WASHINGTON — President Obama signed a temporary spending bill that keeps the government open and funded through April 28 and includes the Pentagon's highest procurement priorities.
Senators voted 63-36 to pass the 70-page continuing resolution that was written by Republican leaders and released by the House Appropriations Committee on Tuesday night. Save for specifically named anomalies, a continuing resolution denies the Defense Department authority to start new programs, increase production rates, or initiate multiyear procurement.
Senate Armed Services Chairman John McCain, of Arizona, was one of 13 Republicans who voted against. In a Senate floor speech ahead of the vote, he ripped the bill as shortchanging defense and and skipping a budget for three quarters of the fiscal year.
"This is absolutely disgraceful," McCain said. "We're going to kick the can down the road because we failed to fund our troops. The fiscal irresponsibility [of] another continuing resolution, which will force the Department of Defense to operate for seven months of the fiscal year without a real budget. Tell me one company or corporation in the world, small or large, that has their budget frozen for seven months of the year and you expect to operate with any kind of efficiency. You can't."
The bill's passage ended a day of drama as Democrats, led by Sen. Joe Manchin, of West Virginia, voiced opposition to the CR, arguing it didn't do enough to fix problems with coal miners' pension and health care plans. By the evening, incoming Senate Minority Leader Sen. Chuck Schumer, D-N.Y., said Democrats would not shut down the government, which would, "hurt millions of Americans, as well."
The measure already passed the House 326-96 on Thursday, and House lawmakers left town, leaving limited options for the Senate. If the CR had not passed, government funding would have run out at midnight Friday.
Congress ultimately ended this year by abandoning regular order, as GOP leaders expect to give the new administration a chance to put its stamp on federal spending. Congress only passed one of 12 appropriations bill this year, for Military Construction and Veterans Affairs.
Vice-President-elect Mike Pence last week promised to offer supplemental spending for defense in the first 100 days of the fiscal year. Republican appropriators have also suggested they will attempt to pass their appropriations bill for defense in the new Congress, under the new Republican president.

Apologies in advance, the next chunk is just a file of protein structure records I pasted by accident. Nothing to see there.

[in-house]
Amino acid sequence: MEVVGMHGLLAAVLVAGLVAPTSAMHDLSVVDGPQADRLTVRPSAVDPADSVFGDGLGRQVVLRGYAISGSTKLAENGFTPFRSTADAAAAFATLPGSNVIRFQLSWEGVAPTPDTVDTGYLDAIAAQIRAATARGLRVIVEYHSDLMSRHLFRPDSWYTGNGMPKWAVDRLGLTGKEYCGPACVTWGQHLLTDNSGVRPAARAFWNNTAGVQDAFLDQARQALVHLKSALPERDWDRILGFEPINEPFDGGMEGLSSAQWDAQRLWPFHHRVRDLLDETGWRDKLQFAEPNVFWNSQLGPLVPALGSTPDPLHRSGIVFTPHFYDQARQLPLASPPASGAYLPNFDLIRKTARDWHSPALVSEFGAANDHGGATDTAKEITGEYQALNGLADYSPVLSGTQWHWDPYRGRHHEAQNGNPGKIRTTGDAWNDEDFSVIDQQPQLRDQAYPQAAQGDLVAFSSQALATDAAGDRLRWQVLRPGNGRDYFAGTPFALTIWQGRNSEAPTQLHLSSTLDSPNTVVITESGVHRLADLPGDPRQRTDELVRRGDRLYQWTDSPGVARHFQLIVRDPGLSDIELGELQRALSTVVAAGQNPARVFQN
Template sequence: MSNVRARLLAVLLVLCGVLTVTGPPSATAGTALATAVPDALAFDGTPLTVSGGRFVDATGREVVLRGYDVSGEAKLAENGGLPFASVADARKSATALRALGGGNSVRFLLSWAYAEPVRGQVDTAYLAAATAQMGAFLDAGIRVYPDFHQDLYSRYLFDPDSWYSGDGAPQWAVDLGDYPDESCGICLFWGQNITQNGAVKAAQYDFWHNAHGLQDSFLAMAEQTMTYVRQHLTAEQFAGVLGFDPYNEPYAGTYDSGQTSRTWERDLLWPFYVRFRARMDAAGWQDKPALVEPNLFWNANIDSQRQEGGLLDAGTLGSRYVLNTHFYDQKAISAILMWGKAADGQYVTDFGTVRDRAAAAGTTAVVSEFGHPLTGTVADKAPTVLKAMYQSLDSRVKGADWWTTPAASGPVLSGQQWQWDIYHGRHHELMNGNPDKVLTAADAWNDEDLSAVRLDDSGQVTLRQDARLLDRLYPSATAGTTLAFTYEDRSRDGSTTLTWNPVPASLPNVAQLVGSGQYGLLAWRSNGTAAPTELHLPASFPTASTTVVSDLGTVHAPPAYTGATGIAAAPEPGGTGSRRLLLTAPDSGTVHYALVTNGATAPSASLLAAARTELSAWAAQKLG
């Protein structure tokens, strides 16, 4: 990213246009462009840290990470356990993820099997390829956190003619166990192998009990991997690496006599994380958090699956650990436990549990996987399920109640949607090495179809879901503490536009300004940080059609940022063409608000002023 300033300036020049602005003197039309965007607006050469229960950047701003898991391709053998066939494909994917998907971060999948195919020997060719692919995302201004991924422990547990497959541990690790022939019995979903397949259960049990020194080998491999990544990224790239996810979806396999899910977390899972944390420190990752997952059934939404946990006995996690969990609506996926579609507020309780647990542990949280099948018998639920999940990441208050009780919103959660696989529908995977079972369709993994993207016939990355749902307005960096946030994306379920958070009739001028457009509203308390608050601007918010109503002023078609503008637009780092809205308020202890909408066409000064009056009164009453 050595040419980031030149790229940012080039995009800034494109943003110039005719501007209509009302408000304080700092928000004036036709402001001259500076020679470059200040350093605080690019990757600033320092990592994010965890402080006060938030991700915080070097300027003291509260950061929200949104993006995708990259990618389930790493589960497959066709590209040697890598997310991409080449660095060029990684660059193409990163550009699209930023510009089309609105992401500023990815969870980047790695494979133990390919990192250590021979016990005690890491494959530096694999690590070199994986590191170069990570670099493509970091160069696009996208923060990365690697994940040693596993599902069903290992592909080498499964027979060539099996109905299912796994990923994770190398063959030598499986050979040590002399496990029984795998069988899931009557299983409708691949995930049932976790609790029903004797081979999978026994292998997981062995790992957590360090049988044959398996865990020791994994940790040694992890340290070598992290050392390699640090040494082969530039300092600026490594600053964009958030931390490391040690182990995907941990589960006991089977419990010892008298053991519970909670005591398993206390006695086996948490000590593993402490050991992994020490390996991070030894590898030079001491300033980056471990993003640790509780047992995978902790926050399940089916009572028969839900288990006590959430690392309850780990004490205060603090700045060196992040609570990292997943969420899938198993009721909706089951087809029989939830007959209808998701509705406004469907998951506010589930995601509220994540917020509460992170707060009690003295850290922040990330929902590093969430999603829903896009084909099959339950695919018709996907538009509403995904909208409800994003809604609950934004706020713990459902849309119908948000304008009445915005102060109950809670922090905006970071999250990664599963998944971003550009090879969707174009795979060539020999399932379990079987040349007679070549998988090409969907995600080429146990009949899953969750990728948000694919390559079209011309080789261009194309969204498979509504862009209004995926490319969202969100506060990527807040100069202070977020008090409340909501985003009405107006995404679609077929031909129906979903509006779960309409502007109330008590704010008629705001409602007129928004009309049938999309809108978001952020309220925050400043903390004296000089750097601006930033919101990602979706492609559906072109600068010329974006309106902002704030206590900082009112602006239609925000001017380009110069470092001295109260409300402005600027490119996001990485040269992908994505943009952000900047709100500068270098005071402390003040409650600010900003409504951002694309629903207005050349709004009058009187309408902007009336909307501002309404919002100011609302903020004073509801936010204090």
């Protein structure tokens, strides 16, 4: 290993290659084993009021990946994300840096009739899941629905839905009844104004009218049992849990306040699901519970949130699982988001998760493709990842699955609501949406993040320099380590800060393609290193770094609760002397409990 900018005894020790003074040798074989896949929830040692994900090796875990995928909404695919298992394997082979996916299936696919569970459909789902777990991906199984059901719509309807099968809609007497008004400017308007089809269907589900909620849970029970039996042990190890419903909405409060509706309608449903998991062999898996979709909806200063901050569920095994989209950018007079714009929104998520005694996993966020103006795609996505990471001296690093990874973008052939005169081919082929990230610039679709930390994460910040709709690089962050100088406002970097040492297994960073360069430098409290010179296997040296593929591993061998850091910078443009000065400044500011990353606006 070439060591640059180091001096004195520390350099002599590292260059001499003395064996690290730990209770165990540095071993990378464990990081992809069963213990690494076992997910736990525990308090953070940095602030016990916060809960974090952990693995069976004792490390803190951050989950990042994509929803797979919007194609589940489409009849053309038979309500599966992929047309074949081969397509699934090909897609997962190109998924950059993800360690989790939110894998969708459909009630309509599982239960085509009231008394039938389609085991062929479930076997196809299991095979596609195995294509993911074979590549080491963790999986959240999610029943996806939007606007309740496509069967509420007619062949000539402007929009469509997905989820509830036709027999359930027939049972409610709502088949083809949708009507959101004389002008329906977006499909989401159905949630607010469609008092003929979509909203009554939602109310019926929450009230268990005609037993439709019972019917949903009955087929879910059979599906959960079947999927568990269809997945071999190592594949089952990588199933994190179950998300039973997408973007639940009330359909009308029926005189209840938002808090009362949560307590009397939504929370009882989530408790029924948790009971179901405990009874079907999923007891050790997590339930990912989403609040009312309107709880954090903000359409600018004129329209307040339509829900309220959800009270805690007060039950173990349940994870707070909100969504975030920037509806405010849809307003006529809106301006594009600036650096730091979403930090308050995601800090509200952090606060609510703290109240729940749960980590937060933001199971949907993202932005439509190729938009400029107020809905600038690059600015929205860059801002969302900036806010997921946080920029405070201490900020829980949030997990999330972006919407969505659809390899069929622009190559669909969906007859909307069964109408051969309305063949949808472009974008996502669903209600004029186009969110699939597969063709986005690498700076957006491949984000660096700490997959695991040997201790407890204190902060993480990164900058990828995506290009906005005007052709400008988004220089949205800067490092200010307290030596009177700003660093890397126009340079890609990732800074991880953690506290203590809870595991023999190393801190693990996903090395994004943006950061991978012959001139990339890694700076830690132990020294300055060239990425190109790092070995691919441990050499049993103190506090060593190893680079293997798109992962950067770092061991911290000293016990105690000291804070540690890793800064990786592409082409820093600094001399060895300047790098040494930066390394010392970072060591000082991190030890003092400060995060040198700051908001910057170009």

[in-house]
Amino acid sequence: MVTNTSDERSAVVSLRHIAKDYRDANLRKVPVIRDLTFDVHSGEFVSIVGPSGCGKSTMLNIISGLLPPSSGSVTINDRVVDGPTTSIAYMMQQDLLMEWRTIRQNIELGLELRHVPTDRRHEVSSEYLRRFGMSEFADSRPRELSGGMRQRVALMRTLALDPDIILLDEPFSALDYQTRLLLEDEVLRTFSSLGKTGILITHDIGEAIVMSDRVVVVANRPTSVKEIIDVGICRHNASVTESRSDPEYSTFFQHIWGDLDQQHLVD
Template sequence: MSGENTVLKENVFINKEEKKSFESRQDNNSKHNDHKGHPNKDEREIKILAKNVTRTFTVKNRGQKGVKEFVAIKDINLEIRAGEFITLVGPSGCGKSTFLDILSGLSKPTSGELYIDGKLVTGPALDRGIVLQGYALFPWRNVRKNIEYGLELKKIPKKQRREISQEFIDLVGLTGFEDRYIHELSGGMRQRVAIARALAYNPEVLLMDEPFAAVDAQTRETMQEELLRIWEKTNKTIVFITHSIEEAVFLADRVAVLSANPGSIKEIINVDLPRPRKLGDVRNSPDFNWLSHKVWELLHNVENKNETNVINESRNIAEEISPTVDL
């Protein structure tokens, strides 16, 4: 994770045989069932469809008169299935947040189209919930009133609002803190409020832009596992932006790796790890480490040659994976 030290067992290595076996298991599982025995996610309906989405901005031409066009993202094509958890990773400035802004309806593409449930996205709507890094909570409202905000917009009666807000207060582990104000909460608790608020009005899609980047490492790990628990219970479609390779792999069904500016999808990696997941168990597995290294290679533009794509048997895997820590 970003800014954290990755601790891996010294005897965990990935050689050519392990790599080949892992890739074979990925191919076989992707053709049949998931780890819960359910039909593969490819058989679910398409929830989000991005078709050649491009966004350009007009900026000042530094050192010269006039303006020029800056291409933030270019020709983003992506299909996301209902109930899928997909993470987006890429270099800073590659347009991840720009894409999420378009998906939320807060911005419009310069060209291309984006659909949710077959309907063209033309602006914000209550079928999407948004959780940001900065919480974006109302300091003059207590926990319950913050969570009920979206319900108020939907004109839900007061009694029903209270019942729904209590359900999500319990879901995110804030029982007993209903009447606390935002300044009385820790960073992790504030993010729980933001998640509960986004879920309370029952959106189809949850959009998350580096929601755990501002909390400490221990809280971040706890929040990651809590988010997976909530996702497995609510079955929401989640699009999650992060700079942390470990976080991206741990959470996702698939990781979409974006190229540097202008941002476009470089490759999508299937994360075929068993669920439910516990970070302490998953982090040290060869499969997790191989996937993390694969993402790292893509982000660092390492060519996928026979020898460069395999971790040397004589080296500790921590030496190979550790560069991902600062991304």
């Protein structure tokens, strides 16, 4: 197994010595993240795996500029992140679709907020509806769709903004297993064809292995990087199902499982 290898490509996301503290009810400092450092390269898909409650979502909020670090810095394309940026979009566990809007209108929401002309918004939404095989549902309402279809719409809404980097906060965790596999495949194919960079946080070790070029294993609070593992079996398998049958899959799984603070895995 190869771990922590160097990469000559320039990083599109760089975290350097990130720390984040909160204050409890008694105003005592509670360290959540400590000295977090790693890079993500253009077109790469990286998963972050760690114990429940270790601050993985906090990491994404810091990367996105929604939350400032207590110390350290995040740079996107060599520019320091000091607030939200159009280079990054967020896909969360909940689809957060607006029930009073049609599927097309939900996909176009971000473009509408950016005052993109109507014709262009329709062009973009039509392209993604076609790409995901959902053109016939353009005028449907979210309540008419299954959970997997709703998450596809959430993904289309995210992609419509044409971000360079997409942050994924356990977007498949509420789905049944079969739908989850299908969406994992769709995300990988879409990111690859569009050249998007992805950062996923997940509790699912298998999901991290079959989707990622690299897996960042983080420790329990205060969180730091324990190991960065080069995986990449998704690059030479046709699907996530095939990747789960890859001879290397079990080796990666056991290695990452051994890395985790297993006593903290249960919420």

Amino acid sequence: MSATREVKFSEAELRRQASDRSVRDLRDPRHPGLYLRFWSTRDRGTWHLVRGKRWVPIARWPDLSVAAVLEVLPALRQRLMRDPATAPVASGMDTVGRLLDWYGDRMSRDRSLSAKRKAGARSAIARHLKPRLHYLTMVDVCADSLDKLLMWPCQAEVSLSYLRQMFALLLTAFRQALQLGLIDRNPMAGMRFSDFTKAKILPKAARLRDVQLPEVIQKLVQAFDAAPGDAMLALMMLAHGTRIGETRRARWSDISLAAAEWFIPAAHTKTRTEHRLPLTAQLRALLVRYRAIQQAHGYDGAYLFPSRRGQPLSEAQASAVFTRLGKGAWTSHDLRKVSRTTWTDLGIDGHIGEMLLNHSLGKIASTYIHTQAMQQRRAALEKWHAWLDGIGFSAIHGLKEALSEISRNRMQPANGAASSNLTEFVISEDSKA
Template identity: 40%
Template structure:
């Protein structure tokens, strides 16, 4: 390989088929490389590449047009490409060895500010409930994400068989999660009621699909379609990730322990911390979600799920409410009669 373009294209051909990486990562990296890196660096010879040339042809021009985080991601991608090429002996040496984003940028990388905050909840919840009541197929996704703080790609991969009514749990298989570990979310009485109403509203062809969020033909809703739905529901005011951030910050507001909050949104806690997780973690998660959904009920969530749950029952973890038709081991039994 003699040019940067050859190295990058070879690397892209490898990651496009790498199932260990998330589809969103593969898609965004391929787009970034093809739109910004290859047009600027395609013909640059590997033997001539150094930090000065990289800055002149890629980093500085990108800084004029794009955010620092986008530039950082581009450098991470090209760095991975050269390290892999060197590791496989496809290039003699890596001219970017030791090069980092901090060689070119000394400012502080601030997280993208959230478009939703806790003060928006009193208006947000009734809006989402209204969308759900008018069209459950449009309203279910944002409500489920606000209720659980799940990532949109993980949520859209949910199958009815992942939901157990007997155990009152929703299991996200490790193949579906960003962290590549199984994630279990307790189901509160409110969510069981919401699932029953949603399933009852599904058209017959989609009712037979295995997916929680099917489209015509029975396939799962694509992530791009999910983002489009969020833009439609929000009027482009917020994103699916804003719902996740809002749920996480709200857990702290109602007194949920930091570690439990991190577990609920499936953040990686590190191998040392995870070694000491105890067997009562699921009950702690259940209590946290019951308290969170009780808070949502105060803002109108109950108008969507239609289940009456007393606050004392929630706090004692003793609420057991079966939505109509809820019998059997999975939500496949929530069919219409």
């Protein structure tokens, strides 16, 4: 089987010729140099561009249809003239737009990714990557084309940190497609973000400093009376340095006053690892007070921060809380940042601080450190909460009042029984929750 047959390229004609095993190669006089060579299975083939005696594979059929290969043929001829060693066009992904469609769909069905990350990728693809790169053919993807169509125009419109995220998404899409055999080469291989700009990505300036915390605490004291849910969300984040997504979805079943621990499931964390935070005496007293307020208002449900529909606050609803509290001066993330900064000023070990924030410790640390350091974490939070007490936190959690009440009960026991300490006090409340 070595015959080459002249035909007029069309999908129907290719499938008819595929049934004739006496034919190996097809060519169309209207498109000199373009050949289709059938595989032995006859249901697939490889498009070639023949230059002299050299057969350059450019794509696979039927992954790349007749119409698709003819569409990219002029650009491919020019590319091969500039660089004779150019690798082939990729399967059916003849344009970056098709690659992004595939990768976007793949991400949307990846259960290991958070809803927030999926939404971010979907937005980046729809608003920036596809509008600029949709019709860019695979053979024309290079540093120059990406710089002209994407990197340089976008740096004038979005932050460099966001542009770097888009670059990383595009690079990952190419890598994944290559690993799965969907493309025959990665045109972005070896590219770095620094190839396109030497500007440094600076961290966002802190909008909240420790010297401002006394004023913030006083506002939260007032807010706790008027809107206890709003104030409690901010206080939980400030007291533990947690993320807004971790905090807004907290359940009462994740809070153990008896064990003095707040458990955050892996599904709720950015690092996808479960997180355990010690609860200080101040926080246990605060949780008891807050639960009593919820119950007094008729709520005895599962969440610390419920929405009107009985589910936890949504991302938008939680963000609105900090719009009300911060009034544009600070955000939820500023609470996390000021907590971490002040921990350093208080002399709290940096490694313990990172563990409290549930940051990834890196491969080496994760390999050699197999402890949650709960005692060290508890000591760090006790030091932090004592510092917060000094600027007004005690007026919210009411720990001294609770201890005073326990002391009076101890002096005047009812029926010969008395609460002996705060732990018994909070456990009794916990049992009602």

"We're looking at all the options," said incoming House Appropriations Committee chairman, Rep. Rodney Frelinghuysen, R-N.J. "I'll be happy to take it any way, separately or as part of a package."
"We have, I think, 265,000 men and women around the world, and people might not know all the things the men and women in Iraq and Afghanistan and Syria are doing, and they need to be supported," Frelinghuysen said Thursday after the House passed the CR. "It's not inexpensive. Wrapped into what we did today is some firepower, and the sooner we get some more money for defense, we'll take a look at what the package might be."
Though the continuing resolution freezes most spending at the previous year's level, it includes several significant anomalies for defense. Of those, there are $773 million more for the Ohio Replacement submarine advance procurement; authorization for AH–64E Apache and UH–60M Black Hawk helicopter multiyear procurements; Air Force KC–46A tanker funding, to avoid contract penalties; $650 million more for the European Reassurance Initiative, part of a $8 billion plus-up for Overseas Contingency Operations.
The CR also streamlines the confirmation process for President-elect Donald Trump's pick for defense secretary, retired Marine Corps Gen. James Mattis. Because Mattis retired in 2013, he needs Congress to waive a seven-year cooling-off period.
Defense Secretary Ash Carter last month complained in a letter to congressional leaders that the lengthy CR, through the presidential transition, was "unprecedented and unacceptable" and urged Congress to reject it.
Joe Gould is the senior Pentagon reporter for Defense News, covering the intersection of national security policy, politics and the defense industry. He served previously as Congress reporter.